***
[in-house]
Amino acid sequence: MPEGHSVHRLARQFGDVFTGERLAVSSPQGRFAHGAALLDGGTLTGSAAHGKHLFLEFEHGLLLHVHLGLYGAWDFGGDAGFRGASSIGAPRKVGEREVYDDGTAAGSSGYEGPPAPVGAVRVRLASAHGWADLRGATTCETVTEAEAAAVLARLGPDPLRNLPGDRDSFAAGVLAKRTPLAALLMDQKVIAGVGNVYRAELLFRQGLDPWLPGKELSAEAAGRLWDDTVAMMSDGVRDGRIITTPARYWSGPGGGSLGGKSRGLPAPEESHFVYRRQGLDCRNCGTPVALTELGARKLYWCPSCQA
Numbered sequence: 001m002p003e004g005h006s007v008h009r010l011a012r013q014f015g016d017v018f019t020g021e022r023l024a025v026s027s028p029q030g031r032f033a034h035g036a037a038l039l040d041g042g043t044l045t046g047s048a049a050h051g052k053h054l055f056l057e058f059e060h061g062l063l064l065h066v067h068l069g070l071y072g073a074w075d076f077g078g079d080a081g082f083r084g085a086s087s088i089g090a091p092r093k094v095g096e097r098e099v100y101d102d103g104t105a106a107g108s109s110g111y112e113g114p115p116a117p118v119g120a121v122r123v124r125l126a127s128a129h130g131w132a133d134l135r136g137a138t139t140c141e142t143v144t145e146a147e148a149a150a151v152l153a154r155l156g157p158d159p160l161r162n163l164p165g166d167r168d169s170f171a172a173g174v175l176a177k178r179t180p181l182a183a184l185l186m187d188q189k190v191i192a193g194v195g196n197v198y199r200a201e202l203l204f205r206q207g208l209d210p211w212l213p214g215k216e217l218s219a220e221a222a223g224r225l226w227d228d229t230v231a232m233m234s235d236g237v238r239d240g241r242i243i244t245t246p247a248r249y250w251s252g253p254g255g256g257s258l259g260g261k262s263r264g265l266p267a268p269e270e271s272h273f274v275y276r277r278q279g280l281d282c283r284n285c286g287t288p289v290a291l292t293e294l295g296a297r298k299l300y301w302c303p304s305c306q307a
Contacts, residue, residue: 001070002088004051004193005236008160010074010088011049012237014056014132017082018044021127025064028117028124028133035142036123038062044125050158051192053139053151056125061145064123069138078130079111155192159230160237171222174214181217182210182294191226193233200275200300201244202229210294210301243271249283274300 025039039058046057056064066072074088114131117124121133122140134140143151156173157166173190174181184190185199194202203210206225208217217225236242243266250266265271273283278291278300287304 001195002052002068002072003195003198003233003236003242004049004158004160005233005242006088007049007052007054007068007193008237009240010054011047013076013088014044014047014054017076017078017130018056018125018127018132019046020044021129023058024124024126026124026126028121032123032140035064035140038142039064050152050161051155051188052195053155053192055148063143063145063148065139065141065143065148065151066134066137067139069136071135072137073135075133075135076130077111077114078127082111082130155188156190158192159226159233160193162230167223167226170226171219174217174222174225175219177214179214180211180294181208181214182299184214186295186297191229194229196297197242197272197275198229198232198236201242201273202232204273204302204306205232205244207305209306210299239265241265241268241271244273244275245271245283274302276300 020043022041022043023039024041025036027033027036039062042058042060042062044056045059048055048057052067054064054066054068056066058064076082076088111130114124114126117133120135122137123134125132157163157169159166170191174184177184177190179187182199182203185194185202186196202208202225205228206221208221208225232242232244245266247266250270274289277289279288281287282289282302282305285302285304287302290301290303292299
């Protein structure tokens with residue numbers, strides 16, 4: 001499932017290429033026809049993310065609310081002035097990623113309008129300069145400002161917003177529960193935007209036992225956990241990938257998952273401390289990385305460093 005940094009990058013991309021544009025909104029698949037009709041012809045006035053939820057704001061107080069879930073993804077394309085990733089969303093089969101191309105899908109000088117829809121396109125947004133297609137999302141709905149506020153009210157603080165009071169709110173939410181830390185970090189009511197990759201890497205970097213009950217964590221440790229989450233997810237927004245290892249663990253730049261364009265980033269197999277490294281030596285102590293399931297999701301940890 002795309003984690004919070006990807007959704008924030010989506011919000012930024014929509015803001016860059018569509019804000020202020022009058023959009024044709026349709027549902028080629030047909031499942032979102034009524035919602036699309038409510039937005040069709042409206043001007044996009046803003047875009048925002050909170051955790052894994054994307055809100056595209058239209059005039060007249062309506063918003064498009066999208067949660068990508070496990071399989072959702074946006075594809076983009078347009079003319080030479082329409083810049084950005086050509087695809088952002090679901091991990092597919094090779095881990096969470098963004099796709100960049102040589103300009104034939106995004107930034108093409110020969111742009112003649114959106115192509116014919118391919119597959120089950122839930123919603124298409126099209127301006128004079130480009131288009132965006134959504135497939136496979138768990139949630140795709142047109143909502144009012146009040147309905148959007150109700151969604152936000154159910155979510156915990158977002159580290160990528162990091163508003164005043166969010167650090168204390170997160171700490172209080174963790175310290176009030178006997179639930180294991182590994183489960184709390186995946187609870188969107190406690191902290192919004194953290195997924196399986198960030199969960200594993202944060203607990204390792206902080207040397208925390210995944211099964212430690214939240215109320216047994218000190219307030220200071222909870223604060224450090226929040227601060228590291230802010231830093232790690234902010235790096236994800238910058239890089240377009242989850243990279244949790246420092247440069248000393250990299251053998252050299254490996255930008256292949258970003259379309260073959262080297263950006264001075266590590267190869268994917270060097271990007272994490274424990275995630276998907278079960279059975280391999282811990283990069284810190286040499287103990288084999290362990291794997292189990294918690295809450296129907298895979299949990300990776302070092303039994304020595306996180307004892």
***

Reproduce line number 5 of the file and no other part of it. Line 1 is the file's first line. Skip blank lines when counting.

């Protein structure tokens with residue numbers, strides 16, 4: 001499932017290429033026809049993310065609310081002035097990623113309008129300069145400002161917003177529960193935007209036992225956990241990938257998952273401390289990385305460093 005940094009990058013991309021544009025909104029698949037009709041012809045006035053939820057704001061107080069879930073993804077394309085990733089969303093089969101191309105899908109000088117829809121396109125947004133297609137999302141709905149506020153009210157603080165009071169709110173939410181830390185970090189009511197990759201890497205970097213009950217964590221440790229989450233997810237927004245290892249663990253730049261364009265980033269197999277490294281030596285102590293399931297999701301940890 002795309003984690004919070006990807007959704008924030010989506011919000012930024014929509015803001016860059018569509019804000020202020022009058023959009024044709026349709027549902028080629030047909031499942032979102034009524035919602036699309038409510039937005040069709042409206043001007044996009046803003047875009048925002050909170051955790052894994054994307055809100056595209058239209059005039060007249062309506063918003064498009066999208067949660068990508070496990071399989072959702074946006075594809076983009078347009079003319080030479082329409083810049084950005086050509087695809088952002090679901091991990092597919094090779095881990096969470098963004099796709100960049102040589103300009104034939106995004107930034108093409110020969111742009112003649114959106115192509116014919118391919119597959120089950122839930123919603124298409126099209127301006128004079130480009131288009132965006134959504135497939136496979138768990139949630140795709142047109143909502144009012146009040147309905148959007150109700151969604152936000154159910155979510156915990158977002159580290160990528162990091163508003164005043166969010167650090168204390170997160171700490172209080174963790175310290176009030178006997179639930180294991182590994183489960184709390186995946187609870188969107190406690191902290192919004194953290195997924196399986198960030199969960200594993202944060203607990204390792206902080207040397208925390210995944211099964212430690214939240215109320216047994218000190219307030220200071222909870223604060224450090226929040227601060228590291230802010231830093232790690234902010235790096236994800238910058239890089240377009242989850243990279244949790246420092247440069248000393250990299251053998252050299254490996255930008256292949258970003259379309260073959262080297263950006264001075266590590267190869268994917270060097271990007272994490274424990275995630276998907278079960279059975280391999282811990283990069284810190286040499287103990288084999290362990291794997292189990294918690295809450296129907298895979299949990300990776302070092303039994304020595306996180307004892």